I wrote earlier about my spring trip back east, first to the FCM conference, then as a tourist for a few days in Ottawa. I don’t want this to turn into a Travel Blog (ugh, who needs another one of those?), but I do want to talk about the last leg of our trip, because Montreal blew my mind.
I have not visited Montreal in a couple of decades, and aside from the rampant bilingualism and historic buildings, the City had little in common with Ottawa. Montreal is so vibrant, it was so being lived in, that we almost didn’t want to leave.
We got around on the quick and efficient metro system. For $18, we got a three-day unlimited pass, and found the system easy to navigate, only occasionally crowded, clean (if a little well-worn in places), and friendly. Aside: It is notable, coming from a TransLink serviced area, that only 7 of the 40+ metro stations have elevators, and there is limited accessibility throughout the system. Perhaps a legacy of the age of the system, but it puts TransLink’s occasional accessibility issues into perspective when 90% of Metro is completely off limits to those who cannot navigate escalators and stairs.
Our other transportation source was Bixi, Montreal’s incredibly comprehensive bike share program. Bixi runs like the New York CitiBike, in that the tech and booking system is in a station kiosk, and bike must be returned to a station. This was never an issue on our two days of criss-crossing the City, as stations were ubiquitous. There were three stations within 1 block of our little hotel in the Village, and another two between us and the nearest Metro Station three blocks away. We paid $5 a day for unlimited 30-minute rides, occasionally checking a bike in and checking another out if our journey was longer that the maximum. The system operated flawlessly, and appeared to be very well used.
We thought Ottawa was a bike-friendly city, but Montreal takes it to an entirely different level. This is what it feels like when cycling is made equal to other modes in a City. Every journey we took, there was either a separated, protected bikeway, or a traffic calmed street bikeway, with the former more the rule than the exception. Light signals were designed with cyclists in mind, the network is connected and integrated with other modes. Overall, it just worked.
The result is obvious – we had, at times, Copenhagen-level bicycle traffic. There were a few of lycra-wearing Freds, but they were easily outnumbered by people in street clothes riding bikes of almost every shape and style, using the functional network to get around without much fuss. I would peg helmet usage in adults at about 30%, but with upright bikes and really well designed infrastructure, I don’t think I ever saw a conflict between a bike and another user. Quite the opposite, the few times we got a little turned-around with infrastructure, drivers seemed to treat us with an unfamiliar courtesy.
There are still people who think Vancouver is being too aggressive with bike lanes and normalizing cycling as a mode. There are people who think helmet laws are the best way to keep cyclists safe. My answer to them will now be Montreal. As a cycling advocate in the Lower Mainland for more than a decade, and someone now elected to make our City work better, I actually feel a little ashamed about how far ahead of us wintery, hilly, crowded, traffic-crazy Montreal is. Be assured: we are laggards; embarrassingly so.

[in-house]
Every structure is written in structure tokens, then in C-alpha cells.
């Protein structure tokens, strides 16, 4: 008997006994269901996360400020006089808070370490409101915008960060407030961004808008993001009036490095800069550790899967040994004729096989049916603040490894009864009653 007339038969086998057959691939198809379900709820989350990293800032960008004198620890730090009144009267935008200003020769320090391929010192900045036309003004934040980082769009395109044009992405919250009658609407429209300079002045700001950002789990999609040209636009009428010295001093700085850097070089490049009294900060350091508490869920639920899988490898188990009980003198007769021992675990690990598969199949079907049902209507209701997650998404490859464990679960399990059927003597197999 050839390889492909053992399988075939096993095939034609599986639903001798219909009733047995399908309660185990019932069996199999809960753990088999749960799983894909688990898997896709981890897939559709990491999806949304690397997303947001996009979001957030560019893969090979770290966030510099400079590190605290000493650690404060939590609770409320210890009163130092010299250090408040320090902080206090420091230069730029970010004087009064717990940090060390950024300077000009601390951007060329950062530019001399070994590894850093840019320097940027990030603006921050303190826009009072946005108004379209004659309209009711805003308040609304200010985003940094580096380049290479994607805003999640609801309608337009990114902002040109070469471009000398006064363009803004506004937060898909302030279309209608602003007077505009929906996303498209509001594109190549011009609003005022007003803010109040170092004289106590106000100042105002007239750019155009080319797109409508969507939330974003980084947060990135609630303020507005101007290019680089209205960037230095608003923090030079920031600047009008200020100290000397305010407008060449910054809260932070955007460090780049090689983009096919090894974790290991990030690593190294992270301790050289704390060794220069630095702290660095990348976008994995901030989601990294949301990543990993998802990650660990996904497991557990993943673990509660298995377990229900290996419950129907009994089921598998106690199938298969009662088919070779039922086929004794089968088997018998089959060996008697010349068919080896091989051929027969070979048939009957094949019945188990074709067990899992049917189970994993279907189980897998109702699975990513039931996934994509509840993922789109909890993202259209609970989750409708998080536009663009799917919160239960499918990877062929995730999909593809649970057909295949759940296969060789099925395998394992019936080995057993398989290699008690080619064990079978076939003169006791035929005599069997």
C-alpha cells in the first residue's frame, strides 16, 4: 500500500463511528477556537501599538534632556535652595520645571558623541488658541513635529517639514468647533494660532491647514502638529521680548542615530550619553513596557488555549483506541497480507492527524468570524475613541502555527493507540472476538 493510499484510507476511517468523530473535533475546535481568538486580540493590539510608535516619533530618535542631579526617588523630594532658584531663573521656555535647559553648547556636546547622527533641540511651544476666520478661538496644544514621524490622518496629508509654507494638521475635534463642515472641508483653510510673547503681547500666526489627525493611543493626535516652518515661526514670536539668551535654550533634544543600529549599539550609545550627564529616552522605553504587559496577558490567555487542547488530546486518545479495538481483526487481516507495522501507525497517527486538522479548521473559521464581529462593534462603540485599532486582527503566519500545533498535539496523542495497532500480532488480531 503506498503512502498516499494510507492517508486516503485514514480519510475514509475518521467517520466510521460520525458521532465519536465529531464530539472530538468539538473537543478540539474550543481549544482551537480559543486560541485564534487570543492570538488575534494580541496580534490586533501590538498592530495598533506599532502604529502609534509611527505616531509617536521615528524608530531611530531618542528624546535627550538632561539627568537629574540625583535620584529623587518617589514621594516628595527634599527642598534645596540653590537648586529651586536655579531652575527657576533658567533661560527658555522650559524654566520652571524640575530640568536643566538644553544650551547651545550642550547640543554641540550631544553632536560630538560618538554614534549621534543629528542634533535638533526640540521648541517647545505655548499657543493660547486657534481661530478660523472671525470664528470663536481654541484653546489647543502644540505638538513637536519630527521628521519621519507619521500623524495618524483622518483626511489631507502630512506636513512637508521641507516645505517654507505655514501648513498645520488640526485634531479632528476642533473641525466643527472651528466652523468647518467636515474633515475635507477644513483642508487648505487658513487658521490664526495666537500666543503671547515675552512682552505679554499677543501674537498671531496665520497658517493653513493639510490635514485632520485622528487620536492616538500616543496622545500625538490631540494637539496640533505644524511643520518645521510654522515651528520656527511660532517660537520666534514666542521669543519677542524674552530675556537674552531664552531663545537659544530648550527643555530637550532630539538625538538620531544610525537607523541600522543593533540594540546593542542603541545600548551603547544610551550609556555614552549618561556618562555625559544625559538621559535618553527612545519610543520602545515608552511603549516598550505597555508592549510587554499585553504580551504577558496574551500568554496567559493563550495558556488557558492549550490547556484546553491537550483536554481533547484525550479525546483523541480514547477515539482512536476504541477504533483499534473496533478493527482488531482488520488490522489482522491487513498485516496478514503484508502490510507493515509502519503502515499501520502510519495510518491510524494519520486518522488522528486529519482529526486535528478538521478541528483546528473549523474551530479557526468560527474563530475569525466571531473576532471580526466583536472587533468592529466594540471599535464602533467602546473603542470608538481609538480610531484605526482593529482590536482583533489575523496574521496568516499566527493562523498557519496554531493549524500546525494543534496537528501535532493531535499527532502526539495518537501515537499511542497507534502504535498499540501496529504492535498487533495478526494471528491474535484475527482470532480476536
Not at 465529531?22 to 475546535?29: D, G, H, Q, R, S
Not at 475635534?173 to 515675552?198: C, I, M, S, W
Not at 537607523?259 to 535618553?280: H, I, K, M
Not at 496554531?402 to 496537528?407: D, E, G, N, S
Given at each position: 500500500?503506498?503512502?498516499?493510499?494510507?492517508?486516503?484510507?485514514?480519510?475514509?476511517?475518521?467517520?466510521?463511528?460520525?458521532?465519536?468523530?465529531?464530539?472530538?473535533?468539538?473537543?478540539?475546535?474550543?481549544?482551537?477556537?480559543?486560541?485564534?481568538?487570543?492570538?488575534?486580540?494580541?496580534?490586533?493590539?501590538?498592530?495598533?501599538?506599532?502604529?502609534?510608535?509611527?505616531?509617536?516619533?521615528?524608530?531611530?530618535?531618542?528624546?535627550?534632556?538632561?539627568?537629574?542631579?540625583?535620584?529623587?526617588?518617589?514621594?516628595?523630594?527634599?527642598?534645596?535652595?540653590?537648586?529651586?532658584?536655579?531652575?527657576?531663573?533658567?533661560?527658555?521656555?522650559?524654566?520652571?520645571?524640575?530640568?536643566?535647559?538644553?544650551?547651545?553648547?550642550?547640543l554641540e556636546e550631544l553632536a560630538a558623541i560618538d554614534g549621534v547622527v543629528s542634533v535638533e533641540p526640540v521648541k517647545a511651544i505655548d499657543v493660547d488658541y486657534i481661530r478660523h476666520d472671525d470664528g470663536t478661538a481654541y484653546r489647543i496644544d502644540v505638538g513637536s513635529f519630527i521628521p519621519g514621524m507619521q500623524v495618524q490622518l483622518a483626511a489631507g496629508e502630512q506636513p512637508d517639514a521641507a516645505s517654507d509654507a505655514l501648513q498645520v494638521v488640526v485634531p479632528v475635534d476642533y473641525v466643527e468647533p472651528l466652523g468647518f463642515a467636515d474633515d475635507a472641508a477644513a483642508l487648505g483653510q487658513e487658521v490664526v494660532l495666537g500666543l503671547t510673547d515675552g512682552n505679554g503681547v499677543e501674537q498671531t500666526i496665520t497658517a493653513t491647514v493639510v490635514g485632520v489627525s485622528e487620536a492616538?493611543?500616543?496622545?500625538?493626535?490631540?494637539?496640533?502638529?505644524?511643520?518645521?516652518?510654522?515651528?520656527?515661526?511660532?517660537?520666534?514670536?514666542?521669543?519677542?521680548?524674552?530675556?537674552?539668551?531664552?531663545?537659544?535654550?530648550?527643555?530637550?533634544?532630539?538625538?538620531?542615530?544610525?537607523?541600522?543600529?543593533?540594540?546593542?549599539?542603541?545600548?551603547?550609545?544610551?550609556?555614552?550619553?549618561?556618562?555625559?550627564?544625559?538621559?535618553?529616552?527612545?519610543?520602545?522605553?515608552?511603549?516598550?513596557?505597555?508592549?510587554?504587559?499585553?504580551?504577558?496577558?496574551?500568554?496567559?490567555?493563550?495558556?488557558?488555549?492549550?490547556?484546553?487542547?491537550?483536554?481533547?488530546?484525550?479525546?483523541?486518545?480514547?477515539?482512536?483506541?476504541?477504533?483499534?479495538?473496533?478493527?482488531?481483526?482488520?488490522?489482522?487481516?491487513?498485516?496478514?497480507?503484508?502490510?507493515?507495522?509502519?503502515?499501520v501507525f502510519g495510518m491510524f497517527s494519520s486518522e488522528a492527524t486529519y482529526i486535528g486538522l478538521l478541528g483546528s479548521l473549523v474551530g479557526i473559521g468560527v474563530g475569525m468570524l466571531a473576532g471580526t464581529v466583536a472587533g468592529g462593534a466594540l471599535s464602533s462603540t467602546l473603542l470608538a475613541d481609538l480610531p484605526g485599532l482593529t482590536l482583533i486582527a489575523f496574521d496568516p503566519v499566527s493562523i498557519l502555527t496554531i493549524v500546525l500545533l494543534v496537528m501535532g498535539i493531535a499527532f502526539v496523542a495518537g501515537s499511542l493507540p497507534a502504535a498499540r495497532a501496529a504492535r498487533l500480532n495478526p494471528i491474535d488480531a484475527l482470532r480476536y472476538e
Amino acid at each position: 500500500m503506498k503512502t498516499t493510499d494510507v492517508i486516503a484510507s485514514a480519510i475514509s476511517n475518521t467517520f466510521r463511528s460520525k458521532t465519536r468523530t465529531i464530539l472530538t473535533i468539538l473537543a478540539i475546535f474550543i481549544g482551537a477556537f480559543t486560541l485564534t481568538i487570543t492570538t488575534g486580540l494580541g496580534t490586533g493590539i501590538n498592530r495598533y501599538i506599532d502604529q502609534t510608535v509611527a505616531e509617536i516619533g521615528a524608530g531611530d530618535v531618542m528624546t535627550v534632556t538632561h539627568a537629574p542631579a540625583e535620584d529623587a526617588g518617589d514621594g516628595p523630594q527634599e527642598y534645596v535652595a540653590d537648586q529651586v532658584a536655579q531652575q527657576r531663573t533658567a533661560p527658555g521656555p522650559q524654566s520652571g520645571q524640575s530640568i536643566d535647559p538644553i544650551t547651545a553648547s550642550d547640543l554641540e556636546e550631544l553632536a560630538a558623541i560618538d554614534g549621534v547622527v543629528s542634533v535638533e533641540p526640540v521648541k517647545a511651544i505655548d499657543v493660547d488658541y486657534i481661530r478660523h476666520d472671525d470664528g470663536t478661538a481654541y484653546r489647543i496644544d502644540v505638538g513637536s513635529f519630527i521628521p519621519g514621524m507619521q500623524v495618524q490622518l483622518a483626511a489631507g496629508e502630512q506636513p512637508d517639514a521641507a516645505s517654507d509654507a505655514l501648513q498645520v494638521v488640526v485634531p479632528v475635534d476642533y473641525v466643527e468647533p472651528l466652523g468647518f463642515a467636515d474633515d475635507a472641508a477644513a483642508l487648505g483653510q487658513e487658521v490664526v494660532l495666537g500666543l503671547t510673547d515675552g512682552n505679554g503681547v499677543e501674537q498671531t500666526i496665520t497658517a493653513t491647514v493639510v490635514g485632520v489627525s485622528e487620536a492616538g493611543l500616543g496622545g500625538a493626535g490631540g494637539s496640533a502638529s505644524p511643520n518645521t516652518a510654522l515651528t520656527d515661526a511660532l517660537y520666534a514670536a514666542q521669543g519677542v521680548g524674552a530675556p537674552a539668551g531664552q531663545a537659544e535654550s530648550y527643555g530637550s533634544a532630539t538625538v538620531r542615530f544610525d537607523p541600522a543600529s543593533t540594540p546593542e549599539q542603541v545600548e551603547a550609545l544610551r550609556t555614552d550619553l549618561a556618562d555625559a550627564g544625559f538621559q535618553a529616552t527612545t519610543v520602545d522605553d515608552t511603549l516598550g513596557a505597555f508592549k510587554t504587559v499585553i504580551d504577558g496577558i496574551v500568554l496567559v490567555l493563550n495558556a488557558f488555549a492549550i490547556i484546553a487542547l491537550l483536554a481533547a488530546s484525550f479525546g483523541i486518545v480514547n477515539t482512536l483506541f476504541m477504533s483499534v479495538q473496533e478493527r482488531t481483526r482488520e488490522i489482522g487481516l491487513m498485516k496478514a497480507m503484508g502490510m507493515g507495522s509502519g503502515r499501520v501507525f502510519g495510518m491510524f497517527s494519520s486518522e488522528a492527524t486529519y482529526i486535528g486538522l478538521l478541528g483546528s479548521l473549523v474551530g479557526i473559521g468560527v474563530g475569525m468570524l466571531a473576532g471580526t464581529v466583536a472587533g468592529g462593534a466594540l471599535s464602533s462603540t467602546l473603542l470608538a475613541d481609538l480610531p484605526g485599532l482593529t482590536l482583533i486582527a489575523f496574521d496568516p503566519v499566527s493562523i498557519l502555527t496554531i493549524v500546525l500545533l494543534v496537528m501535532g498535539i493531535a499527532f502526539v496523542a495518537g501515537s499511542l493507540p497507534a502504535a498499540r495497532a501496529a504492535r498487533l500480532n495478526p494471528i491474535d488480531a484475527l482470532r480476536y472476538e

The other part that made Montreal easy to love was the incredible animation of public spaces: Parklets, road “closures”, street art, festivals, patios, the whole damn scene. We walked a few blocks on a Wednesday night and stumbled upon a swing dance event in a public park, beer being sold, people hanging out and dancing, with what appeared to be very little fuss.
We soon discovered this was the rule, not the exception. For three days we travelled around on bikes finding streets closed and a stages set up, streets where traffic was being constrained by patio life, people playing or listening to music, stuff happening mid-week in May.
The streets of the Village, of the Plateau, of Mont Royal, of everywhere, were busy with retail and entertainment. Parklets, decks, restaurants, and a healthy-looking diversity of small street-level retail.
Travelling around on Bixi took us through the many residential neighbourhoods immediately adjacent to the main strips like St. Laurent, and I started to make the (obvious to my YIMBY friends) connection between the residential neighbourhoods and the street activity. and it comes down to this:
This type of 4- or 5-unit building, rental or condo, is ubiquitous in Montreal. There are many (and seemingly a growing number of) higher-rise condos in the centre of town, many areas on the fringes (a freeway-drive away from town) where relatively cheap single-family detached exist, but it is the medium-density, low-rise multi-unit apartment building that defines the livable neighbourhoods of Montreal.
I am sure there are other factors – cultural history, long winters, cosmopolitan population, laissez-faire laws, large student population – but I cannot help but connect this missing middle family-friendly density to the other features that make Montreal neighbourhoods so livable. The dependable dépanneur, the bike lanes, the lively streetfronts, the energy of the street: they all depend on a population density that supplies customers and neighbours, but doesn’t overwhelm space. This is the built form that so much of Greater Vancouver (including New Westminster) is scared of, even as our neighbourhoods struggle with being too expensive to live in, and too barren to support a vibrant community.
Seriously, we started to linger while walking past real estate offices to see what was on offer…